The quiz questions are divided into 3 categories: easy questions, intermediate questions and difficult questions. The number of questions in each category, as well as the number of points awarded for a question in each category.
All corrections are made by The Big Challenge. For each of the 6 levels, three rankings will be established: national, departmental or regional and by school.
Number of questions
Points per correct answer
25 easy questions (value of 4 points)
15 intermediate question (value of 5 points)
15 difficult questions (value of 6 points)
Points for incorrect answer
If a category 1 question is answered incorrectly, the 4 points are not awarded and 1 point is lost.
If a category 2 question is answered incorrectly, 5 points are not awarded and 1.25 points are lost.
If a category 3 question is answered incorrectly, the 6 points are not awarded and 1.50 points are lost.
Points in absence of response
If no answer is given, the question is scored 0 points. If more than one answer is given, the question is also scored 0 points.
To avoid the risk of obtaining a negative grade or a grade equal to 0, the grade obtained by adding all the points is increased by 85 points. Thus, each student’s grade will be between 18.75 and 350 points.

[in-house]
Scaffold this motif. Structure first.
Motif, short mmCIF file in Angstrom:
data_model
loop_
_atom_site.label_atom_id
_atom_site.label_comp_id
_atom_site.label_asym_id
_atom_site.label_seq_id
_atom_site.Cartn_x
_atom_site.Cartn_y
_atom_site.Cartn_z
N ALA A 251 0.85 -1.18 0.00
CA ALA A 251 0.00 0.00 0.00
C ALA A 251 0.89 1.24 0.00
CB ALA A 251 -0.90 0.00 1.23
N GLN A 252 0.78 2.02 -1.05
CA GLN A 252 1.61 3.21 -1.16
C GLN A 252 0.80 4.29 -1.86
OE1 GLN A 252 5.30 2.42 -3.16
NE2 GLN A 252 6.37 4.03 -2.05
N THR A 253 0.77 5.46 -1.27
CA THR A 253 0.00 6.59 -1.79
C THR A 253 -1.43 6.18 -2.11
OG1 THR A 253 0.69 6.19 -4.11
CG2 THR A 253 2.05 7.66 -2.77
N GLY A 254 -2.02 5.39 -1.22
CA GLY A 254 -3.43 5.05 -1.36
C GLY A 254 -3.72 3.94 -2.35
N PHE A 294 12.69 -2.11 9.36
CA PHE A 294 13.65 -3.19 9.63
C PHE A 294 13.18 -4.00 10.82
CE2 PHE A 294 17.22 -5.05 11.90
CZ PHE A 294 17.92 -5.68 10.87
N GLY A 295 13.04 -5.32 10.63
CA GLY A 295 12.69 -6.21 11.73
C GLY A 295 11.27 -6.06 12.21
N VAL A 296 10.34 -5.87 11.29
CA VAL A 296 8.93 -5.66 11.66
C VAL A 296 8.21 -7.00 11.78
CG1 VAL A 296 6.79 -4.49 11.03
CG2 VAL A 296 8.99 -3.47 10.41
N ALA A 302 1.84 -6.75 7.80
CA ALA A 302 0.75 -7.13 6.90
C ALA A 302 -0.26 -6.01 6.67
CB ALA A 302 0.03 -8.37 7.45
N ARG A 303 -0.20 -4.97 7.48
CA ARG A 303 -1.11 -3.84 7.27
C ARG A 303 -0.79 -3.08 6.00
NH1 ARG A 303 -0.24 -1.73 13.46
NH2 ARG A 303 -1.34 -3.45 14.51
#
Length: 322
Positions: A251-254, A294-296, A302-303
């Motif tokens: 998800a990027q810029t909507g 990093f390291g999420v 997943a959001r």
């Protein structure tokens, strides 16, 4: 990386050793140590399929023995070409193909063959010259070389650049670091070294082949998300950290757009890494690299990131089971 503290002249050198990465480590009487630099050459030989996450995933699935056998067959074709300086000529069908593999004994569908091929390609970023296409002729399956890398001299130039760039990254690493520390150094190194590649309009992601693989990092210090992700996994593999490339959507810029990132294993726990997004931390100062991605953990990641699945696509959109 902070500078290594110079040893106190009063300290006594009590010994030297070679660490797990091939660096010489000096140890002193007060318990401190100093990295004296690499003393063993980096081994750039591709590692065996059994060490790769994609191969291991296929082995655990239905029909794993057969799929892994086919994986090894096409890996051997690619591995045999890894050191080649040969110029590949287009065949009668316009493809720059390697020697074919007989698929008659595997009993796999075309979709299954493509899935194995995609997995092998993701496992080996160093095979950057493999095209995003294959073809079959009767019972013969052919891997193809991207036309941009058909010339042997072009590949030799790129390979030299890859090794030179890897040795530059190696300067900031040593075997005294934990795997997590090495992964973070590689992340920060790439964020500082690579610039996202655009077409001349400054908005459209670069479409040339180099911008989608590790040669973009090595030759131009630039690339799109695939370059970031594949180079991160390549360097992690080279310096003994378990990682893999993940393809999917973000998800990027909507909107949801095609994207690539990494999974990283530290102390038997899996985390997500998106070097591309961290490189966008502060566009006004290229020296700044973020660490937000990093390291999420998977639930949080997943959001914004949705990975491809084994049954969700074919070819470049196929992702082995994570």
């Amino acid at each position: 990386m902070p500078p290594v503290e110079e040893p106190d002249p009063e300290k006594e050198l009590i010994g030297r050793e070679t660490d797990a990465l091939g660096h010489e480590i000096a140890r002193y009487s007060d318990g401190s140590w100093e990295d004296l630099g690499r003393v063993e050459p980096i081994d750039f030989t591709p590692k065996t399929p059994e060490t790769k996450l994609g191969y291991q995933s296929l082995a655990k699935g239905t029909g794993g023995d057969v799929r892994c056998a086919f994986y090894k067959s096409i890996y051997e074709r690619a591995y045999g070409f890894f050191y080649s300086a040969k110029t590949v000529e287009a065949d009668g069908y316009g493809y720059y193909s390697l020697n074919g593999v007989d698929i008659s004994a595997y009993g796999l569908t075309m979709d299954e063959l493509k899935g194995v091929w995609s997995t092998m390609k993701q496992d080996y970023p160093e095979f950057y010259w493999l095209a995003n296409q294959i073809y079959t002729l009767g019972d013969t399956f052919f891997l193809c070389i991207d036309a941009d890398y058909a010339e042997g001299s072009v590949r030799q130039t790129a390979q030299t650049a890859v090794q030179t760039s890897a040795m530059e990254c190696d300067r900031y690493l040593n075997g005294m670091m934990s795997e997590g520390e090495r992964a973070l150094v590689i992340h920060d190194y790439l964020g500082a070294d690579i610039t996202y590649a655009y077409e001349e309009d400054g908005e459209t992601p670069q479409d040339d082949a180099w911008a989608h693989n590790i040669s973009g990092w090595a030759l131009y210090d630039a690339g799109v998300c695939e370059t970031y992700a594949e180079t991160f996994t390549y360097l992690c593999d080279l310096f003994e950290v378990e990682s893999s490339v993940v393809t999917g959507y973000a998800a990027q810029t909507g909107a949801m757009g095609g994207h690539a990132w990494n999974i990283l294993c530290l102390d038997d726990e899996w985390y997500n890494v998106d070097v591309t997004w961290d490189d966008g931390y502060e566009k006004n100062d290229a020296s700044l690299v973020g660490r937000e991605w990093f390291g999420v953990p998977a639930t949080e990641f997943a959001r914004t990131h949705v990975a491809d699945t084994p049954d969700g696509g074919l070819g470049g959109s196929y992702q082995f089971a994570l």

The answer to a 4-point question is correct.
The answer to a 4-point question is incorrect.
The answer to a 5-point question is correct.
The answer to a 5-point question is incorrect.
No answer to a question
The answer to a 6-point question is correct.
The answer to a 6-point question is incorrect.
Two answers are given to the same question
11,25 + 85 = 96,25 points
For this example, the final score would be 96.25 out of 350.
If you are able to eliminate one or two "wrong answers" and then hesitate between the remaining two, you should answer at random. Otherwise, it's better not to answer.
If you apply this method throughout the questionnaire, you're bound to win in the end. A student who fills in an entire grid at random will have a final mark close to zero with our marking system. With a one in four chance of getting it right (and therefore scoring 4 points) and losing a quarter of that score (1 point) every time they get an answer wrong, they will statistically arrive at a total close to zero.
On the other hand, a student who is not sure which of the four possible answers is right, but who is able to eliminate two wrong answers by thinking, for example, will be favoured because he will have a 50/50 chance of getting it right and will still only lose one point if he is wrong. But it's only because they've thought through the different possibilities first that they'll have a better chance.
And ultimately that's what we want: for students to learn to think before they answer!